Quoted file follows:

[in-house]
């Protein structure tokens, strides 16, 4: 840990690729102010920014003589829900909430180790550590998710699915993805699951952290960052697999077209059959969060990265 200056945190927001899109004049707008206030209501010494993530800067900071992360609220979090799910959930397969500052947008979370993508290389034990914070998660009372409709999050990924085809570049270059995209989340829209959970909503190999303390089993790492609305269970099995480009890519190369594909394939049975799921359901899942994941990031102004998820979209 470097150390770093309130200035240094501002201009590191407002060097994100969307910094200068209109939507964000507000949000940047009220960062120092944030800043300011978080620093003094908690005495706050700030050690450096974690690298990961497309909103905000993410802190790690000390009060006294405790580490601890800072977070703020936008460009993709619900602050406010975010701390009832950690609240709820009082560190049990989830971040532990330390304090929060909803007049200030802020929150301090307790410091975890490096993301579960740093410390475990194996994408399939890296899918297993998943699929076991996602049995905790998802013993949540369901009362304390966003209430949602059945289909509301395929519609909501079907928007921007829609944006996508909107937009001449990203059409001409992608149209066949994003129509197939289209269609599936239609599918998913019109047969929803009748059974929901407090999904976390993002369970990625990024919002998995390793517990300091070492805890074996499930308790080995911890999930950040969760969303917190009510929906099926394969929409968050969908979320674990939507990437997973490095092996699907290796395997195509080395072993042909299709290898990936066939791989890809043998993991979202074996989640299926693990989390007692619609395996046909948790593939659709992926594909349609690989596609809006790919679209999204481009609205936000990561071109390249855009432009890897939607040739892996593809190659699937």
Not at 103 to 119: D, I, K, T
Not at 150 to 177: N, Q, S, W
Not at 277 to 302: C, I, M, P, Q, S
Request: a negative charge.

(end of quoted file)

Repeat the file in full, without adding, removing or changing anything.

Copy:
[in-house]
């Protein structure tokens, strides 16, 4: 840990690729102010920014003589829900909430180790550590998710699915993805699951952290960052697999077209059959969060990265 200056945190927001899109004049707008206030209501010494993530800067900071992360609220979090799910959930397969500052947008979370993508290389034990914070998660009372409709999050990924085809570049270059995209989340829209959970909503190999303390089993790492609305269970099995480009890519190369594909394939049975799921359901899942994941990031102004998820979209 470097150390770093309130200035240094501002201009590191407002060097994100969307910094200068209109939507964000507000949000940047009220960062120092944030800043300011978080620093003094908690005495706050700030050690450096974690690298990961497309909103905000993410802190790690000390009060006294405790580490601890800072977070703020936008460009993709619900602050406010975010701390009832950690609240709820009082560190049990989830971040532990330390304090929060909803007049200030802020929150301090307790410091975890490096993301579960740093410390475990194996994408399939890296899918297993998943699929076991996602049995905790998802013993949540369901009362304390966003209430949602059945289909509301395929519609909501079907928007921007829609944006996508909107937009001449990203059409001409992608149209066949994003129509197939289209269609599936239609599918998913019109047969929803009748059974929901407090999904976390993002369970990625990024919002998995390793517990300091070492805890074996499930308790080995911890999930950040969760969303917190009510929906099926394969929409968050969908979320674990939507990437997973490095092996699907290796395997195509080395072993042909299709290898990936066939791989890809043998993991979202074996989640299926693990989390007692619609395996046909948790593939659709992926594909349609690989596609809006790919679209999204481009609205936000990561071109390249855009432009890897939607040739892996593809190659699937």
Not at 103 to 119: D, I, K, T
Not at 150 to 177: N, Q, S, W
Not at 277 to 302: C, I, M, P, Q, S
Request: a negative charge.